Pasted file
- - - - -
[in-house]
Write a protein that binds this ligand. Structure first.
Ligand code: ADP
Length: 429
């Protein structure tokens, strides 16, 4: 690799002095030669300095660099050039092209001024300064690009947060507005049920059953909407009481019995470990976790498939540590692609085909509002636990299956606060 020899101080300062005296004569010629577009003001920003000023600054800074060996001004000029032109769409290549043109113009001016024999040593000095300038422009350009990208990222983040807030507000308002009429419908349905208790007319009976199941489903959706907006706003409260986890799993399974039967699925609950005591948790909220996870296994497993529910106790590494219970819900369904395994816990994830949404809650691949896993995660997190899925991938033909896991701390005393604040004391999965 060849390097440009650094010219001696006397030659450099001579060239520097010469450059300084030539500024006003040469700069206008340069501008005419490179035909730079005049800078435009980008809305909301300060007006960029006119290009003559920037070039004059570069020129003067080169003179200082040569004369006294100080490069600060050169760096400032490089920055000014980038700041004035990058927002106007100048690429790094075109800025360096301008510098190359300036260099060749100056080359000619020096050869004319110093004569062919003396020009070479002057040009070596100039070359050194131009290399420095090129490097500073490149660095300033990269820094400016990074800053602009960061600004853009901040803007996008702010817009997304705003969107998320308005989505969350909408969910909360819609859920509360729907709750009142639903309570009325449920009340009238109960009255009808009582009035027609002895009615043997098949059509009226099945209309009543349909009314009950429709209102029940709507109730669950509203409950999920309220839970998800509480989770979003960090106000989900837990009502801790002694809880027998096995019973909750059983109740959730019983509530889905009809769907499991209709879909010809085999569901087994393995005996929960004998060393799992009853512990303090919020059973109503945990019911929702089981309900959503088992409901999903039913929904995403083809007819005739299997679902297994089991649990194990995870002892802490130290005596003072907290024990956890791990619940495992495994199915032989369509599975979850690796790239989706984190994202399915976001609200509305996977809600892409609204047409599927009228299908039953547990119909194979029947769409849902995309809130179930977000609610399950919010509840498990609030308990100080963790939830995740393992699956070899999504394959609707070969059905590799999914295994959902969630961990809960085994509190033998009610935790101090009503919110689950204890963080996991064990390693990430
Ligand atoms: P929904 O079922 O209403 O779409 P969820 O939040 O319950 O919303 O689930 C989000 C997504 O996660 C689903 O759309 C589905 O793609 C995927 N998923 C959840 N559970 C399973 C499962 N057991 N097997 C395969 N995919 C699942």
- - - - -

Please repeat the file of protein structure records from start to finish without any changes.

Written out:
[in-house]
Write a protein that binds this ligand. Structure first.
Ligand code: ADP
Length: 429
């Protein structure tokens, strides 16, 4: 690799002095030669300095660099050039092209001024300064690009947060507005049920059953909407009481019995470990976790498939540590692609085909509002636990299956606060 020899101080300062005296004569010629577009003001920003000023600054800074060996001004000029032109769409290549043109113009001016024999040593000095300038422009350009990208990222983040807030507000308002009429419908349905208790007319009976199941489903959706907006706003409260986890799993399974039967699925609950005591948790909220996870296994497993529910106790590494219970819900369904395994816990994830949404809650691949896993995660997190899925991938033909896991701390005393604040004391999965 060849390097440009650094010219001696006397030659450099001579060239520097010469450059300084030539500024006003040469700069206008340069501008005419490179035909730079005049800078435009980008809305909301300060007006960029006119290009003559920037070039004059570069020129003067080169003179200082040569004369006294100080490069600060050169760096400032490089920055000014980038700041004035990058927002106007100048690429790094075109800025360096301008510098190359300036260099060749100056080359000619020096050869004319110093004569062919003396020009070479002057040009070596100039070359050194131009290399420095090129490097500073490149660095300033990269820094400016990074800053602009960061600004853009901040803007996008702010817009997304705003969107998320308005989505969350909408969910909360819609859920509360729907709750009142639903309570009325449920009340009238109960009255009808009582009035027609002895009615043997098949059509009226099945209309009543349909009314009950429709209102029940709507109730669950509203409950999920309220839970998800509480989770979003960090106000989900837990009502801790002694809880027998096995019973909750059983109740959730019983509530889905009809769907499991209709879909010809085999569901087994393995005996929960004998060393799992009853512990303090919020059973109503945990019911929702089981309900959503088992409901999903039913929904995403083809007819005739299997679902297994089991649990194990995870002892802490130290005596003072907290024990956890791990619940495992495994199915032989369509599975979850690796790239989706984190994202399915976001609200509305996977809600892409609204047409599927009228299908039953547990119909194979029947769409849902995309809130179930977000609610399950919010509840498990609030308990100080963790939830995740393992699956070899999504394959609707070969059905590799999914295994959902969630961990809960085994509190033998009610935790101090009503919110689950204890963080996991064990390693990430
Ligand atoms: P929904 O079922 O209403 O779409 P969820 O939040 O319950 O919303 O689930 C989000 C997504 O996660 C689903 O759309 C589905 O793609 C995927 N998923 C959840 N559970 C399973 C499962 N057991 N097997 C395969 N995919 C699942």